Our research is focused around water, waterborne disease and microbial ecology of pathogens.We study the interactions between environment, microbe and hosts, be they humans or others, to better understand fate, persistence and transmission of pathogens and infectious diseases. The work in our lab encompasses a range of problems in environmental microbiology including source tracking for fecal pollution in fresh and marine waters, climate change impacts on waterborne diseases, landscape ecology in explaining disease risk, and ecology and evolution of environmental pathogens. While much of our research is focused on coastal and marine systems, we work on a full continuum of water types from black water streams in south Georgia to coral reefs in the Caribbean. We are pleased to work with partners in ecology, marine science, epidemiology, veterinary medicine, geography and genetics to address these issues.
Environmental Interactions in Vibrio Ecology
Vibrio are among the most commonly cultured bacteria from marine waters and contribute greatly to the basic ecology of marine systems; however, among this broad group several species are well adapted pathogens (to humans, corals and other organisms). Because Vibrio are particularly adept at exploiting a wide variety niches, whether host-associated or otherwise, investigations into their ecology in the marine environment can be used to help explain their ability to act as pathogens. Specific projects in the lab are evaluating how Vibrio respond to episodic influxes of desert dust. Saharan dust events contribute essential trace metals and nutrients to otherwise oligotrophic waters of the tropical Atlantic Ocean. Vibrio are excellent opportunists and can grow quickly with dust deposition. Microbial responses to these events may have a large influence on biogeochemical cycling over short time periods. Work in our lab is also investigating Vibrio role in coral disease process.
Coral Microbial Ecology / Microbiomes and Disease
Microbes play a critical role in coral health, acting as symbionts and a key component in the coral holobiont and as potential pathogens. Coral disease is increasingly recognized as an important driver in localized coral decline. We are investigating white pox disease in the Elkhorn coral of the Florida Keys. Our work is addressing fundamental explorations of the microbial diversity and function in the coral holobiont. Additionally, we are working on ecology of one of the etiological agents of this disease, Serratia marcescens. Strains that cause this disease have been linked to human sewage in the Florida Keys. On-going work is evaluating changes in the disease and pathogen over time and the intersection of sanitation issues on ecosystem health.
Water as a Risk Factor for Salmonella Infection
Landscapes, wildlife, and biogeography as factors in Salmonella ecology
Salmonella infections remain a top cause of enteric disease in the US and elsewhere, but despite more than a decade of attempts to bring down the number of cases and outbreaks through improvements in the food safety system, rates remain high. We are examining the role of landscape, weather and climate in the incidence of Salmonella cases, focusing on transmission routes that may not be associated with food exposure. We are also interested in wild animals as both carriers of Salmonella and potential sentinels, especially those that frequent water bodies that may have high Salmonella loading.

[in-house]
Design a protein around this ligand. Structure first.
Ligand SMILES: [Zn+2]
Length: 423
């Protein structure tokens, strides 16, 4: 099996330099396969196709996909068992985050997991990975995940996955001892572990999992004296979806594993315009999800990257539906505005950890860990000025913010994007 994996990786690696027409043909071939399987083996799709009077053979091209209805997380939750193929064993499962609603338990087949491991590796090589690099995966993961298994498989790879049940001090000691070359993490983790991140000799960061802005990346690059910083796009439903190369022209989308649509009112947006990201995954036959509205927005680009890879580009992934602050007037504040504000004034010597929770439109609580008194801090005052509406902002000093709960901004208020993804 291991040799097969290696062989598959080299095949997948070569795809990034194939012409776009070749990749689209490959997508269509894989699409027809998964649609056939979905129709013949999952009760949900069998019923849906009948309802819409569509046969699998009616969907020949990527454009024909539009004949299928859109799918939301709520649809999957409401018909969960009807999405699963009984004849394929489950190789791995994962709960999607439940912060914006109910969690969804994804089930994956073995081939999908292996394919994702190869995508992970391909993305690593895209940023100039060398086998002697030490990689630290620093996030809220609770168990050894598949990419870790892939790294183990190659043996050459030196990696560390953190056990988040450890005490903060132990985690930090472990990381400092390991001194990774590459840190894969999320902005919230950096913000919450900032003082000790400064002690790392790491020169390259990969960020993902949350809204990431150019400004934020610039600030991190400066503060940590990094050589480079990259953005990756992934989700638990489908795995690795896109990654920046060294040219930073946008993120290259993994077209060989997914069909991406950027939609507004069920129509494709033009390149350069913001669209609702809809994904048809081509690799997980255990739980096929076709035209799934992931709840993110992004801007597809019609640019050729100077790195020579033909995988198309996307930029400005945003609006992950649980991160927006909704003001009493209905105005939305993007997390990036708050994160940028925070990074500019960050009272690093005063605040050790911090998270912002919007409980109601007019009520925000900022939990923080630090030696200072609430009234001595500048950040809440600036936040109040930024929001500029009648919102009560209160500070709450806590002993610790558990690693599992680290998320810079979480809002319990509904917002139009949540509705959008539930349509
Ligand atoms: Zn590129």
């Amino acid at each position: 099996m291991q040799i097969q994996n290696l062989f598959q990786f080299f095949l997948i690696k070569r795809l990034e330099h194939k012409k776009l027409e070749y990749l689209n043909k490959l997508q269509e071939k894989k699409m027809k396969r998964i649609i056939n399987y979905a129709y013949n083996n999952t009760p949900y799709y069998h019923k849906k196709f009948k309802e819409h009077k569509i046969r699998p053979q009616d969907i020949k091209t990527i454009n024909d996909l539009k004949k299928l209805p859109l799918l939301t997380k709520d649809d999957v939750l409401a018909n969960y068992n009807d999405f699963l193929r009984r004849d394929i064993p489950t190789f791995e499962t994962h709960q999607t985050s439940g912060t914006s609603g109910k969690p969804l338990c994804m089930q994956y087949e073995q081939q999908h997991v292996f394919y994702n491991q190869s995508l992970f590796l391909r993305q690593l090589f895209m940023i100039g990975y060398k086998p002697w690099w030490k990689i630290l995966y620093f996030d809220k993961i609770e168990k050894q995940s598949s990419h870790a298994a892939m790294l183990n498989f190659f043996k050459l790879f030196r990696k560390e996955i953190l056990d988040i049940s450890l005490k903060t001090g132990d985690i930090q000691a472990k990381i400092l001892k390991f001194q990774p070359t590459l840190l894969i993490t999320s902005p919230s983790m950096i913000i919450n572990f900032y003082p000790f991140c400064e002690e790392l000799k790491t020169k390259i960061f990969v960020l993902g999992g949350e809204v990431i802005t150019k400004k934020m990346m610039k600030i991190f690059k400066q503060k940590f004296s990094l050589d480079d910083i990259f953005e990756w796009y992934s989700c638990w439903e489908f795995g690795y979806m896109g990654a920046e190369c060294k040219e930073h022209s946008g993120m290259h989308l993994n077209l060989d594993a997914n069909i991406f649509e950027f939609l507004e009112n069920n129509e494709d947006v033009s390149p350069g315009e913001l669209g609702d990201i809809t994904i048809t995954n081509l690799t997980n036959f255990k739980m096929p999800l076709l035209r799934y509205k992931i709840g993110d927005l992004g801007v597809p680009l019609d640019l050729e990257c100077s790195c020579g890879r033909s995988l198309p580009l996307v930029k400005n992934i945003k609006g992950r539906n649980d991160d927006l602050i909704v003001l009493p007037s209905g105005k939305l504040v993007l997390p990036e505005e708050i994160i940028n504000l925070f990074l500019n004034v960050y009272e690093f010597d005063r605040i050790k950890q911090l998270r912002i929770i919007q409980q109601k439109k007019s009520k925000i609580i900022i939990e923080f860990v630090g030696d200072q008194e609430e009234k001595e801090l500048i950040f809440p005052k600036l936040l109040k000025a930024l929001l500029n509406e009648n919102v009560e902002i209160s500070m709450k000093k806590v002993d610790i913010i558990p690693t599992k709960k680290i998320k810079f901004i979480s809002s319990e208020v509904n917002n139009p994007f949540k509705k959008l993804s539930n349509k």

Coastal Water Quality
Coastal Pollution and Contaminants
Coastal Georgia boasts some of the largest expanses of salt marsh on the eastern seaboard, despite it's relatively short coastline, but development pressures are increasingly placing sensitive ecosystems at risk and may impact quality of water for human exposure. We have been exploring threats to water quality from on-site sewage disposal (septic systems) and climate variability and the potential role of the eastern oyster as a possible remediation tool. We are also investigating the effects of chemicals (pharmaceuticals and personal care products) of microbial ecology, especially among marine pathogens, such as Vibrio. Our group is also working on source tracking for human fecal pollution using enteric viruses.
Water Quality and Sustainability in Athens, GA
Our lab works with local and campus partners at efforts to both track and improve water quality in Athens' streams and watersheds. We provide fecal indicator testing for the Upper Oconee Watershed Network (UOWN), which uses relies on the efforts of a large number of volunteers to collect water from nearly 100 stream sites in and around Athens Georgia. We have also worked with the UGA Office of Sustainability to study the effects of prescribed grazing (by goats!) on water quality in campus streams. We also provide targeted water quality monitoring for campus streams and recreational waters.
SciREN - UGA PhD student, Maite Ghazaleh, is the coordinator of the UGA branch of the Scientific Research and Education Network - SciREN,, which aims to link researchers with K-12 educators to bring science to schools.